This chapter looks at one of the principal types of component in the Java 2 Platform, Enterprise Edition (J2EE) — Enterprise JavaBeans (EJBs). See how EJBs are applied and how they are deployed. (This is chapter 4 from Sams Publishers, author Martin Bond, et. al., Teach Yourself J2EE in 21 Days, second edition, ISBN: 0-672-32558-6).
In most texts on this subject you will see pictures of a 3-tier system containing boxes labeled "EJB." It is actually more important to identify what application functionality that should go into an EJB.
At the start of application development, regardless of the precise development process used there is generally some analysis that delivers a model, or set of classes and packages, that represent single or grouped business concepts.
Two types of functionality are generally discovered during analysis—data manipulation and business process flow. The application model will usually contain data-based classes such as Customer or Product. These classes will be manipulated by other classes or roles that represent business processes, such as Purchaser or CustomerManager. There are different types of EJB that can be applied to these different requirements:
Session EJB—A Session EJB is useful for mapping business process flow (or equivalent application concepts). There are two sub-types of Session EJB—stateless and stateful—that are discussed in more detail on Day 5. Session EJBs commonly represent "pure" functionality and are created as needed.
Entity EJB—An Entity EJB maps a combination of data (or equivalent application concept) and associated functionality. Entity EJBs are usually based on an underlying data store and will be created on the data within that store.
Message-Driven EJB—A Message-driven EJB is very similar in concept to a Session EJB, but is only activated when an asynchronous message arrives.
As an application designer, you should choose the most appropriate type of EJB based on the task to be accomplished.
Common Uses of EJBs
So, given all of this, where would you commonly encounter EJBs and in what roles? Well, the following are some examples:
In a Web-centric application, the EJBs will provide the business logic that sits behind the Web-oriented components, such as servlets and JSPs. If a Web-oriented application requires a high level of scalability or maintainability, use of EJBs can help to deliver this.
Thick client applications, such as Swing applications, will use EJBs in a similar way to Web-centric applications. To share business logic in a natural way between different types of client applications, EJBs can be used to house that business logic.
Business-to-business (B2B) e-commerce applications can also take advantage of EJBs. Because B2B e-commerce frequently revolves around the integration of business processes, EJBs provide an ideal place to house the business process logic. They can also provide a link between the Web technologies often used to deliver B2B and the business systems behind.
Enterprise Application Integration (EAI) applications can incorporate EJBs to house processing and mapping between different applications. Again, this is an encapsulation of the business logic that is needed when transferring data between applications (in this case, in-house applications).
These are all high-level views on how EJBs are applied. There are various other EJB-specific patterns and idioms that can be applied when implementing EJB-based solutions. These are discussed more on Day 18, "Patterns."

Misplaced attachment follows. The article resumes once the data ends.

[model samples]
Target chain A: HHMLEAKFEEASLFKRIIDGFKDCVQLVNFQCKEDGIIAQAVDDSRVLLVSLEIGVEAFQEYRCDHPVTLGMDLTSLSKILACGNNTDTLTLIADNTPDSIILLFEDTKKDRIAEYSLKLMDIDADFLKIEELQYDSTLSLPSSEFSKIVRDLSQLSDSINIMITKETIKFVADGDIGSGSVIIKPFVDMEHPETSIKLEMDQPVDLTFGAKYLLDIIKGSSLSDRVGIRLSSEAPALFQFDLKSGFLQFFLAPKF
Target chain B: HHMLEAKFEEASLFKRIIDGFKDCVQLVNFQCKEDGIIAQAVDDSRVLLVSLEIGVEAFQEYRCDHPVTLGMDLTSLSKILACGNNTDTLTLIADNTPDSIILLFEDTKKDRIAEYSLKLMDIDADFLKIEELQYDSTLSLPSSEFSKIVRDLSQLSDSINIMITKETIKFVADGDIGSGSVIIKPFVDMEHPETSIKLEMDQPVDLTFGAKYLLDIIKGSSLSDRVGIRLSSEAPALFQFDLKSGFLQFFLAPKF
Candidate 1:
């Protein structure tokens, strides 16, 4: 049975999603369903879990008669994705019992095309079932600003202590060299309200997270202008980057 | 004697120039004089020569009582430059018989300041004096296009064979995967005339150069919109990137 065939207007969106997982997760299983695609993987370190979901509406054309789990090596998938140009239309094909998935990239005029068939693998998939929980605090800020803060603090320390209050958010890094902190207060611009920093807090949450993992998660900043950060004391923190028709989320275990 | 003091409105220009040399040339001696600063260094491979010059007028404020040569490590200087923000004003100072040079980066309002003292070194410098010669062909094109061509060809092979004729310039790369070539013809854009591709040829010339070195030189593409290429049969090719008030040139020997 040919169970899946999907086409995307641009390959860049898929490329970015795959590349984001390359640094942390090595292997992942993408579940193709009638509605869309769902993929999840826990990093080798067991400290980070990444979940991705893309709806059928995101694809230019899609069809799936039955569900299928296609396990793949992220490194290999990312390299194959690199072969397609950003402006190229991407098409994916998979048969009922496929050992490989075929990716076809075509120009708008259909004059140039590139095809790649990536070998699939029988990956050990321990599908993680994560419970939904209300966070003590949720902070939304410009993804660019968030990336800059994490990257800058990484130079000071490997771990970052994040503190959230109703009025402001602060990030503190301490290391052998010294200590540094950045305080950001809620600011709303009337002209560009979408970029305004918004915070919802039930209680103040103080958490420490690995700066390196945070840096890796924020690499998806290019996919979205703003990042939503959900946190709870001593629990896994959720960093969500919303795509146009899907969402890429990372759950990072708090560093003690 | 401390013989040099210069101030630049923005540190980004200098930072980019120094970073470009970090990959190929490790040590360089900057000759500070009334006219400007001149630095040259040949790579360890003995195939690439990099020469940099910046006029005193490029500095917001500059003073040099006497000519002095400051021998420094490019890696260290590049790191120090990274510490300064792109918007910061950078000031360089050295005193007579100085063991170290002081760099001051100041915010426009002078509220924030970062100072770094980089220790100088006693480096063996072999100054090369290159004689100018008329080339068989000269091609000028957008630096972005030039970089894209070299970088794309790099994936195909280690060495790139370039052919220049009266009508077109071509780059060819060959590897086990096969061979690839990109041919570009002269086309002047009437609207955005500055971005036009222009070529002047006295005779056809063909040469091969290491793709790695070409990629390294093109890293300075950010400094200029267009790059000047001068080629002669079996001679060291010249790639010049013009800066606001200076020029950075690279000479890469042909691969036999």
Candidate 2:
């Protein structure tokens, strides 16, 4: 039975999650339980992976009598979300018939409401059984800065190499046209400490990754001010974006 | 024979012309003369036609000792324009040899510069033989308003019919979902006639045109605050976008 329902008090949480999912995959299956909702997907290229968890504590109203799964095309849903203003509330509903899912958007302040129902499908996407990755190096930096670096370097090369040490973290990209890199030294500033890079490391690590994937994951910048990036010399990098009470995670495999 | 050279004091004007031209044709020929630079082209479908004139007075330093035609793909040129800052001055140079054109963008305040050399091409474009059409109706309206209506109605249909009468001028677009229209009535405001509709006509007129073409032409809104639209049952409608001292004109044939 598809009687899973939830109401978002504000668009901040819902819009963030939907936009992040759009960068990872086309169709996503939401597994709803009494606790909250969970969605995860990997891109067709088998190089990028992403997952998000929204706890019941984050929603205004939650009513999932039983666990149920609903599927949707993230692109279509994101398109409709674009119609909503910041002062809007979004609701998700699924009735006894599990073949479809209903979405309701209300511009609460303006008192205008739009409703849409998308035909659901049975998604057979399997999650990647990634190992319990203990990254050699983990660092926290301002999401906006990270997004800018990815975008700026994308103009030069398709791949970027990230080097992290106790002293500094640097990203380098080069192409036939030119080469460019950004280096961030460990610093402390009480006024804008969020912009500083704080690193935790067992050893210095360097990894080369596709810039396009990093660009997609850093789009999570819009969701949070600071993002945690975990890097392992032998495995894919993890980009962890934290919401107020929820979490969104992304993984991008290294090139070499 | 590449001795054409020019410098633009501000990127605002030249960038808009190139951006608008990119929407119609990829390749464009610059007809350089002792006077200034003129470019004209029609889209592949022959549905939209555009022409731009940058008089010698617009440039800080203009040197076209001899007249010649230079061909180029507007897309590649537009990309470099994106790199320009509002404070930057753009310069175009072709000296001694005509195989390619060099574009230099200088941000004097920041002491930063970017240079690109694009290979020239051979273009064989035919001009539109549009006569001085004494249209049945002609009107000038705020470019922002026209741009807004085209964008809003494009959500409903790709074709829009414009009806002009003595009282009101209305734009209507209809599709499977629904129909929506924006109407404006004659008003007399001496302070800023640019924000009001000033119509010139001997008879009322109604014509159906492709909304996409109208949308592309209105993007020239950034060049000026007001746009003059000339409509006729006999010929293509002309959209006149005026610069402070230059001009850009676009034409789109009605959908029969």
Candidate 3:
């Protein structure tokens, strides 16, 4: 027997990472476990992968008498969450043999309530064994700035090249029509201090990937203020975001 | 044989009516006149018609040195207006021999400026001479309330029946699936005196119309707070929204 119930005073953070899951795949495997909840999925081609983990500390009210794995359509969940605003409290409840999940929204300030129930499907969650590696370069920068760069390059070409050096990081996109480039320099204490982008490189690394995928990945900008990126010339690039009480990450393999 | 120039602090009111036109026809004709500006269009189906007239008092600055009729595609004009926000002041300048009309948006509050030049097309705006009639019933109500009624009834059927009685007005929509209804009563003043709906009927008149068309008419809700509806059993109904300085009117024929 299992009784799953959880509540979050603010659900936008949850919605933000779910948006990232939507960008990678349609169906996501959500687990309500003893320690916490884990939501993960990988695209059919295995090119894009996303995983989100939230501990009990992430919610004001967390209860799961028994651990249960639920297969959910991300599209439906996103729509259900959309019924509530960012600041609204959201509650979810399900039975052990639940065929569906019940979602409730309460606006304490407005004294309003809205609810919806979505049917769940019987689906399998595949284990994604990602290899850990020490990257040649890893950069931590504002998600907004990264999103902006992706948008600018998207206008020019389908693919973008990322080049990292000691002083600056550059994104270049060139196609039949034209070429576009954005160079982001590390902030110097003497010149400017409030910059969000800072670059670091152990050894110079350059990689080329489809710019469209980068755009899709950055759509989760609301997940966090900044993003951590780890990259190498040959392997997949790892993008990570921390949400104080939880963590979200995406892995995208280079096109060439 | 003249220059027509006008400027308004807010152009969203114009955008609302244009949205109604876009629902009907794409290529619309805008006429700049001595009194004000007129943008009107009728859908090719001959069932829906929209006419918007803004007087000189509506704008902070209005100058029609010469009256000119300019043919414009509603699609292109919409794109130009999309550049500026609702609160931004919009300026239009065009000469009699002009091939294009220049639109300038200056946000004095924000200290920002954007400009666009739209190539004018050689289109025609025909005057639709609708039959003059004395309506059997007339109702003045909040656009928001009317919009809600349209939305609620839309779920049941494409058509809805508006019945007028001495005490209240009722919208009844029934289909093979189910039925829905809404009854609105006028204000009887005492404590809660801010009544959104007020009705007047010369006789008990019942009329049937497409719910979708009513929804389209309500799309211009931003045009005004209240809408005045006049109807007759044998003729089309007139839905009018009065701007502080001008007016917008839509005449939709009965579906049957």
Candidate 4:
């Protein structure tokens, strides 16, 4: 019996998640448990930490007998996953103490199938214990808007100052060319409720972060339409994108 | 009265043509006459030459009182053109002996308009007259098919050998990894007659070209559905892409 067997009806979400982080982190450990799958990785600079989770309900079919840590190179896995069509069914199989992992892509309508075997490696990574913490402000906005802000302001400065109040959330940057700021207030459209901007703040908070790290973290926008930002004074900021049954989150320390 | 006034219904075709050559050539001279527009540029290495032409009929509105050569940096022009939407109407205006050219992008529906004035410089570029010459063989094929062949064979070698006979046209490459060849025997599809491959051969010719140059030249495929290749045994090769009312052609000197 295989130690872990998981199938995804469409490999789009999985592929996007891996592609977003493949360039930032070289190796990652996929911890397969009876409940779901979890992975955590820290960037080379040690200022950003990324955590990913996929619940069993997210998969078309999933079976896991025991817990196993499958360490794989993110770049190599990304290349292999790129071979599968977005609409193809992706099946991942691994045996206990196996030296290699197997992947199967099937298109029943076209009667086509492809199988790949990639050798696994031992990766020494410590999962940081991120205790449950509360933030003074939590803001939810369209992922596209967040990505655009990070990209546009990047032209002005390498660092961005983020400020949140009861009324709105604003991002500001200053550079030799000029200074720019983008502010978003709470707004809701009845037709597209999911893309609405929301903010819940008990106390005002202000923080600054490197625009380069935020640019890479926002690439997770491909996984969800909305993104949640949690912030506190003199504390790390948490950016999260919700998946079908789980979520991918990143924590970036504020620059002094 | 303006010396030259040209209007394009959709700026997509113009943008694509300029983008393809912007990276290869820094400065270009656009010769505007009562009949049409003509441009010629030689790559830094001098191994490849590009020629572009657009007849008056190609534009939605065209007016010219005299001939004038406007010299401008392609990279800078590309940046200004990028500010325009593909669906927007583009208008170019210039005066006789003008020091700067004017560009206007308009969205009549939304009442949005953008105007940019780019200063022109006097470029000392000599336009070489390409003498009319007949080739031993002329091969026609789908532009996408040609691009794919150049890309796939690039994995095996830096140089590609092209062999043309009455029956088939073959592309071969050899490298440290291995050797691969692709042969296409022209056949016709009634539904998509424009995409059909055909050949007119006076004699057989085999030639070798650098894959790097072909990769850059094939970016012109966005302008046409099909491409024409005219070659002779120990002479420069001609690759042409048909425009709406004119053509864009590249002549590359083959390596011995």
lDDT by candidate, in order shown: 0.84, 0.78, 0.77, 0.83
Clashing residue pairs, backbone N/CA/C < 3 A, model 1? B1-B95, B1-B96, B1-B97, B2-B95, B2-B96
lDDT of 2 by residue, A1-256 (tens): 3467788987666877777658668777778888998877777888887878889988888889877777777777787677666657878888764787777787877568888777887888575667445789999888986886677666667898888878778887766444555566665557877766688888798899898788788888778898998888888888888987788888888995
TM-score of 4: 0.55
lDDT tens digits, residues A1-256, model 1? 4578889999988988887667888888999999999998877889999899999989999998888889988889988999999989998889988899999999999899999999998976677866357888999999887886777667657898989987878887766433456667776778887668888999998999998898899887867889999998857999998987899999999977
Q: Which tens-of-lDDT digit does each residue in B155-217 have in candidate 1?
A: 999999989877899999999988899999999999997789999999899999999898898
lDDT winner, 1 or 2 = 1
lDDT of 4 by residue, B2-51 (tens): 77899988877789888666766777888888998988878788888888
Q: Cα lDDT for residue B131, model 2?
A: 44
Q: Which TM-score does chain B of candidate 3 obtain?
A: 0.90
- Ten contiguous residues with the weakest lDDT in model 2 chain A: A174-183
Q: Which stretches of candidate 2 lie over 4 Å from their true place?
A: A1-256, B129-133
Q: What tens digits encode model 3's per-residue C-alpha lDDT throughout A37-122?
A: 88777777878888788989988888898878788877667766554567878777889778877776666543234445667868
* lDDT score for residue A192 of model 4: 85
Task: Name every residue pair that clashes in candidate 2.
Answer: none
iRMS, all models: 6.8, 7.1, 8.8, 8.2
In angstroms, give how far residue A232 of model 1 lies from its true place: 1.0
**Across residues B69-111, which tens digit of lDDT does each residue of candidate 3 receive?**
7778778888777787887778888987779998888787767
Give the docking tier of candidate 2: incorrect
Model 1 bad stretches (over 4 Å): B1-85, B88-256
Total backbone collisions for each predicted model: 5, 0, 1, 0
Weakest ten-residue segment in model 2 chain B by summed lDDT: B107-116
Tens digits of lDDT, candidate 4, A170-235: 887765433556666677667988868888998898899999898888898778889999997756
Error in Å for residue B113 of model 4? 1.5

Why Use EJBs?
Despite the recommendations of the J2EE Blueprints, the use of EJBs is not mandatory. You can build very successful applications using servlets, JSPs or standalone Java applications.
As a general rule of thumb, if an application is small in scope and is not required to be highly scalable, you can use J2EE components, such as servlets, together with direct JDBC connectivity to build it. However, as the application complexity grows or the number of concurrent users increases, the use of EJBs makes it much easier to partition and scale the application. In this case, using EJBs gives you some significant advantages.
The main advantage of using EJBs in your application is the framework provided by the EJB container. The container provides various services for the EJB to relieve the developer from having to implement such services, namely
Distribution via proxies—The container generates a client-side stub and server-side skeleton for the EJB. The stub and skeleton use RMI over IIOP to communicate.
Lifecycle management—Bean initialization, state management, and destruction is driven by the container, all the developer has to do is implement the appropriate methods.
Naming and registration—The EJB container and server provide the EJB with access to naming services. These services are used by local and remote clients to look up the EJB and by the EJB itself to look up resources it may need.
Transaction management—Declarative transactions provide a means for the developer to easily delegate the creation and control of transactions to the container.
Security and access control—Again, declarative security provides a means for the developer to easily delegate the enforcement of security to the container.
Persistence (if required)—Using the Entity EJB's Container-Managed Persistence mechanism (CMP), state can be saved and restored without having to write a single line of code.
All of these container services are covered in more detail as the book progresses.
Now that you know why you would want to use an EJB and how to apply it, you can examine the inner workings of an EJB to understand how all the parts fit together.
This chapter is from Teach Yourself J2EE in 21 Days, second edition, by Martin Bond et. al. (Sams, 2004, ISBN: 0-672-32558-6). Check it out at your favorite bookstore today. Buy this book now.